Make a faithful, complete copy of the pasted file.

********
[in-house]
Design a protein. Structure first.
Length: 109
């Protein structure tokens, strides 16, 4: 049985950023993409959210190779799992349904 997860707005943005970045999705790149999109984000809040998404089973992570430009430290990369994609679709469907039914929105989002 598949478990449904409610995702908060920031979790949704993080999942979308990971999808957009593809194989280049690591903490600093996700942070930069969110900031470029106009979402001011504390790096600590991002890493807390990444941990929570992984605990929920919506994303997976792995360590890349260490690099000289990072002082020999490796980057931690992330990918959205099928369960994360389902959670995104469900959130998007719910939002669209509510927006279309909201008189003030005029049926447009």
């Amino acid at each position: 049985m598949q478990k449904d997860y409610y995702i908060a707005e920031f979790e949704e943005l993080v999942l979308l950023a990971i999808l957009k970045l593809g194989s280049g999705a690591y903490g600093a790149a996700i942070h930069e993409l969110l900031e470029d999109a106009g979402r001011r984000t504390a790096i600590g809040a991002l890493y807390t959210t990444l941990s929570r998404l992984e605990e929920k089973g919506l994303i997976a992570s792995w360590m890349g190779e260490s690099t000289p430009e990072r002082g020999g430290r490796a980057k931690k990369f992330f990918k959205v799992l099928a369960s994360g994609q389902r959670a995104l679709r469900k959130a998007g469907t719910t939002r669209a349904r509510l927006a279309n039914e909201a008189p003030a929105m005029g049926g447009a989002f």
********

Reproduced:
[in-house]
Design a protein. Structure first.
Length: 109
């Protein structure tokens, strides 16, 4: 049985950023993409959210190779799992349904 997860707005943005970045999705790149999109984000809040998404089973992570430009430290990369994609679709469907039914929105989002 598949478990449904409610995702908060920031979790949704993080999942979308990971999808957009593809194989280049690591903490600093996700942070930069969110900031470029106009979402001011504390790096600590991002890493807390990444941990929570992984605990929920919506994303997976792995360590890349260490690099000289990072002082020999490796980057931690992330990918959205099928369960994360389902959670995104469900959130998007719910939002669209509510927006279309909201008189003030005029049926447009």
């Amino acid at each position: 049985m598949q478990k449904d997860y409610y995702i908060a707005e920031f979790e949704e943005l993080v999942l979308l950023a990971i999808l957009k970045l593809g194989s280049g999705a690591y903490g600093a790149a996700i942070h930069e993409l969110l900031e470029d999109a106009g979402r001011r984000t504390a790096i600590g809040a991002l890493y807390t959210t990444l941990s929570r998404l992984e605990e929920k089973g919506l994303i997976a992570s792995w360590m890349g190779e260490s690099t000289p430009e990072r002082g020999g430290r490796a980057k931690k990369f992330f990918k959205v799992l099928a369960s994360g994609q389902r959670a995104l679709r469900k959130a998007g469907t719910t939002r669209a349904r509510l927006a279309n039914e909201a008189p003030a929105m005029g049926g447009a989002f």